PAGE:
Joel Ward

Why Evander Kane, Hockey Diversity Alliance value independence of NHL

Why Evander Kane, Hockey Diversity Alliance value independence of NHL

The Sharks were one of two NHL teams to issue statements directly attributed to their owners following George Floyd's death in Minneapolis police custody just over two weeks ago.

Hasso Plattner, the co-founder of German software giant SAP and the Sharks' majority owner for a decade, did not mention Floyd's name in the statement but said the team "[applauded Evander Kane] for his rational and thoughtful response to the recent terrible tragedy" as the forward spoke out against police brutality and systemic racism in the days after Floyd died.

Evander Kane, who is black, was named as the co-head of the newly formed Hockey Diversity Alliance on Monday, and the group seeks to "eradicate racism and intolerance in hockey." The 28-year-old repeatedly stressed Tuesday in a conference call with reporters that culture change in the sport "starts at the top," and that his "really positive" conversations with Plattner and Sharks general manager Doug Wilson were a good sign.

"I think that's important," Kane said of Plattner's support. "That took leadership. [He's one of the only NHL owners] that made a personal statement, and I think that speaks volumes, and we need more of that."

A top-down approach is key to the Hockey Diversity Alliance's mission. Kane said the group, which also features former Sharks winger Joel Ward as one of six current and former NHL players on its executive committee, believes rooting out racism in the NHL can create change at levels below the sport's highest.

The alliance said Monday it will do so working alongside the league, but not for it. The Hockey Diversity Alliance is independent of the NHL, the statement said, but is "hopeful that we will work productively with the league to accomplish these important changes."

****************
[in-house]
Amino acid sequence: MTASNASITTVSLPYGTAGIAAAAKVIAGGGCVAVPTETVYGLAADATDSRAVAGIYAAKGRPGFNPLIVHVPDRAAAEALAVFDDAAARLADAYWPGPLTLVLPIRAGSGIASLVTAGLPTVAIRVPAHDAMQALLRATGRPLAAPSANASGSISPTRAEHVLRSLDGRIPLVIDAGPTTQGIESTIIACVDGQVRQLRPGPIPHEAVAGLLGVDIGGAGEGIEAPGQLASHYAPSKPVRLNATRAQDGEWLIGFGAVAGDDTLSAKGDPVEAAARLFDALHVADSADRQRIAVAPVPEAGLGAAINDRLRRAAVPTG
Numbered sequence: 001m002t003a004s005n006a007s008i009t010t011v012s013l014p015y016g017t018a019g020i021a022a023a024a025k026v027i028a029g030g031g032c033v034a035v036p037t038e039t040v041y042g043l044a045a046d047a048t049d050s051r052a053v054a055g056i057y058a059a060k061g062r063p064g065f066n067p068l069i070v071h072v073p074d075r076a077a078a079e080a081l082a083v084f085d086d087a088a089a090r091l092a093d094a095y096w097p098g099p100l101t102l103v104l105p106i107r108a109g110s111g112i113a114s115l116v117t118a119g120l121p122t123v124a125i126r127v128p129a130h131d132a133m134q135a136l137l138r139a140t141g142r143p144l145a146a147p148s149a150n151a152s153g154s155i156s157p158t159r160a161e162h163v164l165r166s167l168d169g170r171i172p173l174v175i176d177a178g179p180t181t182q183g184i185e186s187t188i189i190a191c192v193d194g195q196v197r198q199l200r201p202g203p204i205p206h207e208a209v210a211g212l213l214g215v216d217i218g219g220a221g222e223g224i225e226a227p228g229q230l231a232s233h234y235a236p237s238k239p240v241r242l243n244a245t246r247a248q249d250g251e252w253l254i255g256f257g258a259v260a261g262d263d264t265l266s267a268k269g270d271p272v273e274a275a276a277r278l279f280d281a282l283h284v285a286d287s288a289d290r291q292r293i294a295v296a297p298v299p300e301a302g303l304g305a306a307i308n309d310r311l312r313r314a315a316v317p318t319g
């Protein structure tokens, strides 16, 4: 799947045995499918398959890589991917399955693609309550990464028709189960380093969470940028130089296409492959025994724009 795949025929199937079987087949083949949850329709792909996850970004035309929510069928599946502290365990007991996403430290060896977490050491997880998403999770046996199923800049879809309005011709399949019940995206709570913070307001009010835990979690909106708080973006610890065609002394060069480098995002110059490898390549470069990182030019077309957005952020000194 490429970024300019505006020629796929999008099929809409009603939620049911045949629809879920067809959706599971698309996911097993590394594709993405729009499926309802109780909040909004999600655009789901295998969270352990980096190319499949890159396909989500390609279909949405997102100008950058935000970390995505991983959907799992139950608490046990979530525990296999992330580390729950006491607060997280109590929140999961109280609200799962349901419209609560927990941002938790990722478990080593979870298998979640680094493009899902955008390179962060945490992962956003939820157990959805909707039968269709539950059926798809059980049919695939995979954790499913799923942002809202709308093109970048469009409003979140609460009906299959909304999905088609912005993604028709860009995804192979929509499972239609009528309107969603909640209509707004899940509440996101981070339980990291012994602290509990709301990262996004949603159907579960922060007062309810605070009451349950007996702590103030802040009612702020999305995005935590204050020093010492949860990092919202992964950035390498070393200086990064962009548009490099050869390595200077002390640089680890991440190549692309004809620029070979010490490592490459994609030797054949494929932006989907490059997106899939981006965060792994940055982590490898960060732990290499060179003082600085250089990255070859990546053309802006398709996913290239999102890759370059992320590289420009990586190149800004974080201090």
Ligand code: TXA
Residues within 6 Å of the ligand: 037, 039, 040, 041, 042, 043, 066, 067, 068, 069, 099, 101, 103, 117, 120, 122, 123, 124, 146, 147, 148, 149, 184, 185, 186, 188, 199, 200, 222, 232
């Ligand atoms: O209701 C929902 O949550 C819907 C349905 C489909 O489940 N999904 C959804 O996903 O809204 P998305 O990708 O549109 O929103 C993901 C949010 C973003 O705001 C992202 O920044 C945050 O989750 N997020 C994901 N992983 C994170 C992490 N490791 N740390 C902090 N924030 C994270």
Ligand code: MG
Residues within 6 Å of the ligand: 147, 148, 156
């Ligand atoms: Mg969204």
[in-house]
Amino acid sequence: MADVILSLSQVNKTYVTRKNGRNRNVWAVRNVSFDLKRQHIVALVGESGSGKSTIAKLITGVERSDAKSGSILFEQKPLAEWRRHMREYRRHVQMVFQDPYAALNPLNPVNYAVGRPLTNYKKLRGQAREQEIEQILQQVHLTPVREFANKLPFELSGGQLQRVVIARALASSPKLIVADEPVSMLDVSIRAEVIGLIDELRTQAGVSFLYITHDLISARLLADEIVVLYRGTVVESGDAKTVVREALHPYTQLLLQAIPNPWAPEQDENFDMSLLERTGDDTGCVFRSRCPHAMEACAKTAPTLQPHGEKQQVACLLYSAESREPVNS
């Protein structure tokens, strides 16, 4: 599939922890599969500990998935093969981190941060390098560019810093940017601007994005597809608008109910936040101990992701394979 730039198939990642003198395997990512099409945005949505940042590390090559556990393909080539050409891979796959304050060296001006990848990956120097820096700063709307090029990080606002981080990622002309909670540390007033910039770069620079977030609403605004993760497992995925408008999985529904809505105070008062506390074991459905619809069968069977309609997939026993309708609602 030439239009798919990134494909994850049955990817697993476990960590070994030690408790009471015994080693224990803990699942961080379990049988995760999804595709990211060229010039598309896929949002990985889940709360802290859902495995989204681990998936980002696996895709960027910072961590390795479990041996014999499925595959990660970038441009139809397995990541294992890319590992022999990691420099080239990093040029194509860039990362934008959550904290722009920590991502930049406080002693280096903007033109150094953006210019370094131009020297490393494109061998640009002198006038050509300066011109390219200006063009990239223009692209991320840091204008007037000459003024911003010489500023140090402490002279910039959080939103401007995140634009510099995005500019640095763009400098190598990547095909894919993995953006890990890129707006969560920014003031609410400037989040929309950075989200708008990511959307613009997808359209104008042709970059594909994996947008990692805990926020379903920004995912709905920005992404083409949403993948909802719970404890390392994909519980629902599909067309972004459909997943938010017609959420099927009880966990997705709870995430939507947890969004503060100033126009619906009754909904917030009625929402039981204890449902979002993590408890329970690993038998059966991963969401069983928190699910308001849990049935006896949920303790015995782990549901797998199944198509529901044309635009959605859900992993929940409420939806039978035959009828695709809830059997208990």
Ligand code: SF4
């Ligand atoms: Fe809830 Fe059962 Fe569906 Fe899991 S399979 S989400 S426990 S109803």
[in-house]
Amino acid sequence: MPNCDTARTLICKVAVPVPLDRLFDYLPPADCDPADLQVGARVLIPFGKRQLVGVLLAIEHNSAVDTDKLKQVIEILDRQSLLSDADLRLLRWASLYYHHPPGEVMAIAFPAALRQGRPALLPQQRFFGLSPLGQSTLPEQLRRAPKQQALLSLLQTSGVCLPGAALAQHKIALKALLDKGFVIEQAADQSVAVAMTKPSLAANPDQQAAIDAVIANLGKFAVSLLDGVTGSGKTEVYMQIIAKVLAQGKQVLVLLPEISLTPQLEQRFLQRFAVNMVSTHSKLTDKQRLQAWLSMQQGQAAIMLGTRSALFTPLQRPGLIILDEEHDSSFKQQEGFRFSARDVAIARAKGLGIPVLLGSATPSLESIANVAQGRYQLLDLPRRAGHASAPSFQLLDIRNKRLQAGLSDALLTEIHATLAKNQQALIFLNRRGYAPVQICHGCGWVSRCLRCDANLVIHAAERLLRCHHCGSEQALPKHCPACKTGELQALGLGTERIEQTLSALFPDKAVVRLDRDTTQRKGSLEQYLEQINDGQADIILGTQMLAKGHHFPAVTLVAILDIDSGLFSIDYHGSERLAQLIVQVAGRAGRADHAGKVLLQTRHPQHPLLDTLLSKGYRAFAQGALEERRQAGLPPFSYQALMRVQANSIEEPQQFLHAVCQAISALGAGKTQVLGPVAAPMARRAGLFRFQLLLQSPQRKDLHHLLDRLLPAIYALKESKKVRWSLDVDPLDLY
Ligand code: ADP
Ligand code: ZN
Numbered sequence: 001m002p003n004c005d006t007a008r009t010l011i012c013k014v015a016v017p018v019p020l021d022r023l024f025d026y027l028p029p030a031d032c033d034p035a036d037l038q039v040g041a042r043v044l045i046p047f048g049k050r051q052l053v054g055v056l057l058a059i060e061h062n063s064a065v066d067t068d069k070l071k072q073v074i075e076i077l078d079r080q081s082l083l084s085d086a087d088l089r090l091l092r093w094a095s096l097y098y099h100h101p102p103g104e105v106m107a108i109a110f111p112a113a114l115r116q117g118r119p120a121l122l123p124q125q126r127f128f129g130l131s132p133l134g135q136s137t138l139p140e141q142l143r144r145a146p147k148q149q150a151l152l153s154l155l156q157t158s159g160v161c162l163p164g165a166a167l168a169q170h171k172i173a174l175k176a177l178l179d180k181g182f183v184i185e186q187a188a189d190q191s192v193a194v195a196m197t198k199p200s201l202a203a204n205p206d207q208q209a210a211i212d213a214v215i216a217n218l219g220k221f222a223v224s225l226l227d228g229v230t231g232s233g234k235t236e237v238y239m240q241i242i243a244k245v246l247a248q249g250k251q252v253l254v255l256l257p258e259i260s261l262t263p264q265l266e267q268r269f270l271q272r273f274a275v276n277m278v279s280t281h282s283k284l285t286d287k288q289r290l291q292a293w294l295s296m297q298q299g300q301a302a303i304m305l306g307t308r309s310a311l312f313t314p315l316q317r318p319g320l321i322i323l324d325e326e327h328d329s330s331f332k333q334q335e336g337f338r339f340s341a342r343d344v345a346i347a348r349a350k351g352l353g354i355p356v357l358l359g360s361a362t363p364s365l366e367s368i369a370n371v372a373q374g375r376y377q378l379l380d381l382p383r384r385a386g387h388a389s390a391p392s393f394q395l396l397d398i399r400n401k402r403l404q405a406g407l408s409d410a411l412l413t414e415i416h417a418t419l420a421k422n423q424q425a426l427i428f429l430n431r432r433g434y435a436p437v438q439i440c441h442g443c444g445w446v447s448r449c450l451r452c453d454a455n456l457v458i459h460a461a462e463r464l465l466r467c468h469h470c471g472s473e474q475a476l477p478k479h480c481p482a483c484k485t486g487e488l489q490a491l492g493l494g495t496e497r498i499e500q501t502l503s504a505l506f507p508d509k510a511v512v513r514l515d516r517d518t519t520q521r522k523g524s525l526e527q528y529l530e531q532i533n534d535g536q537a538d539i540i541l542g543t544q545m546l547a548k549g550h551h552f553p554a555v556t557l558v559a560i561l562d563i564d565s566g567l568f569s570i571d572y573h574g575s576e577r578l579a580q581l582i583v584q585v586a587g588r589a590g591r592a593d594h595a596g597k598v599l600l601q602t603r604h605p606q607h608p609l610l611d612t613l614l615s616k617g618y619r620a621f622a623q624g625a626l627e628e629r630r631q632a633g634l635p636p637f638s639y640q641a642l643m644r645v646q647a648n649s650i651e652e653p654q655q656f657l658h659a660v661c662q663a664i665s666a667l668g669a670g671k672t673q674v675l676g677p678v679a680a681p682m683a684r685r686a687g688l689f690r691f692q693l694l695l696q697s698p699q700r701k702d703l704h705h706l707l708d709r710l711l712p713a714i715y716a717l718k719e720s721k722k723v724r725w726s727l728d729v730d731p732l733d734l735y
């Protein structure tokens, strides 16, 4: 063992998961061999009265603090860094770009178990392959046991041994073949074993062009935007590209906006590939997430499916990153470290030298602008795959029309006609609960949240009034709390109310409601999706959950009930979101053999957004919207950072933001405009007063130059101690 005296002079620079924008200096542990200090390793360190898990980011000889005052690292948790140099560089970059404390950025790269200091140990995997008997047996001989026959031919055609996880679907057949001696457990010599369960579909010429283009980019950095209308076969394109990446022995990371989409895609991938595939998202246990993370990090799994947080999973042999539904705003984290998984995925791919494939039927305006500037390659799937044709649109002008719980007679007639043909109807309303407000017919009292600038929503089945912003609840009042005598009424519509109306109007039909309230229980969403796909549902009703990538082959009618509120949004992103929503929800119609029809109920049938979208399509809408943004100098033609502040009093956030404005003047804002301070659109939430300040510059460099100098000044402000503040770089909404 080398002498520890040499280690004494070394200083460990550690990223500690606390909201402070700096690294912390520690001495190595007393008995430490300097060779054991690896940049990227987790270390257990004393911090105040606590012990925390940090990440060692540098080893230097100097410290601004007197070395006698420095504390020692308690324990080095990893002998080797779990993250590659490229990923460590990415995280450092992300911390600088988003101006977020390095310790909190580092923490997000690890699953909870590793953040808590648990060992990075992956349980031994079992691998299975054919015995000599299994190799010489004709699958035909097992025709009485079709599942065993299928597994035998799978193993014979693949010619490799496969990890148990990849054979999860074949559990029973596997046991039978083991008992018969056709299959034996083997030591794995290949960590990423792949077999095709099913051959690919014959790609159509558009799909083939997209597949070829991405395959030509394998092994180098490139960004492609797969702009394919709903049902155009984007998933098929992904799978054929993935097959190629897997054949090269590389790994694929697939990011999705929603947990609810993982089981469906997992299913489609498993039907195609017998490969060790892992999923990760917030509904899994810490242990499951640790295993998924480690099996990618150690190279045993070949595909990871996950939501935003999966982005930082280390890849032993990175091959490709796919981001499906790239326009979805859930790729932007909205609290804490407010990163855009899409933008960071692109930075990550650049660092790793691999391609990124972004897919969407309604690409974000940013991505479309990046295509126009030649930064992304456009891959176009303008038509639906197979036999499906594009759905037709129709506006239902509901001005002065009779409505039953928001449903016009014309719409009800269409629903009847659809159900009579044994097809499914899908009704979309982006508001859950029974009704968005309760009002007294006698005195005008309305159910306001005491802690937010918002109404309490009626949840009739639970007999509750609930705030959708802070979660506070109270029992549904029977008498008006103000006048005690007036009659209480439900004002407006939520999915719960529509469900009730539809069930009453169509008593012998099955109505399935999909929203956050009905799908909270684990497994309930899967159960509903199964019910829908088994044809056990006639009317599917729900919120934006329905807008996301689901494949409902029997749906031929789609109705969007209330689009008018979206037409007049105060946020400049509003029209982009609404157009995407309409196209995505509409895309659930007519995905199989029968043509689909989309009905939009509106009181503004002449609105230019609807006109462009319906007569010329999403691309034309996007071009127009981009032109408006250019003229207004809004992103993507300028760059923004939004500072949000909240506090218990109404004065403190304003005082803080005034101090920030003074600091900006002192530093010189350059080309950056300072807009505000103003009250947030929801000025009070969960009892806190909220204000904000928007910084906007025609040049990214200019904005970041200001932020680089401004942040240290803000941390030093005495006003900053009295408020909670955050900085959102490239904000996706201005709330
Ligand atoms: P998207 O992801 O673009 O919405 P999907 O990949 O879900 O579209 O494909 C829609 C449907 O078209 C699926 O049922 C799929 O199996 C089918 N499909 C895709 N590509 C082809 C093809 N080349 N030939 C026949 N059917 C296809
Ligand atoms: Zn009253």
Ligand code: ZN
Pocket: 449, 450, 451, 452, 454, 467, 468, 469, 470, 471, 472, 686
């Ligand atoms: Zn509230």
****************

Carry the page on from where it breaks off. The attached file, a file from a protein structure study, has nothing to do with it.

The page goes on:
"The important part when it comes to us being independent is that we're empowering ourselves to have control over what we have set out to do," Kane explained Tuesday. "We don't want this to be something that just looks good, or is a box that's ticked off. We want to truly establish new policies throughout hockey at all levels. We want to help create a more diverse game, a more diverse fan base, and have everybody feel comfortable in their own skin when it comes to our game. ... I think [independence] is a great way to have another layer of accountability when it comes to different committees getting involved with one another."

[RELATED: Kap's help to Kane, Hockey Diversity Alliance 'invaluable']

Because of that independence, Kane and his peers can go further advocating for change than the league or its teams otherwise might. Kane and many other players have spoken out against police brutality following Floyd's death. None of the NHL's 32 franchises, including the yet-to-be-named expansion team in Seattle, mentioned police violence in their statements. Only 11 mentioned Floyd by name.

The group is focused on confronting racism within the sport, which Kane believes can have a positive effect on society as a whole by "ingraining those values we want to create in our game." Kane and the Hockey Diversity Alliance think that can happen working alongside the NHL, but it will require conversations with decision-makers much like Kane's with Plattner and Wilson.

"We want to work with the league and establish this necessary change in our game, and the culture of our game," Kane said. "It's imperative that we work with the league in order to accomplish some of those goals.

"I think what we seek from the league is really an ear, and somebody that can listen to some of the things that we want to implement and policies that we think can help [enact] change not only in the present time, but going on and moving into the future."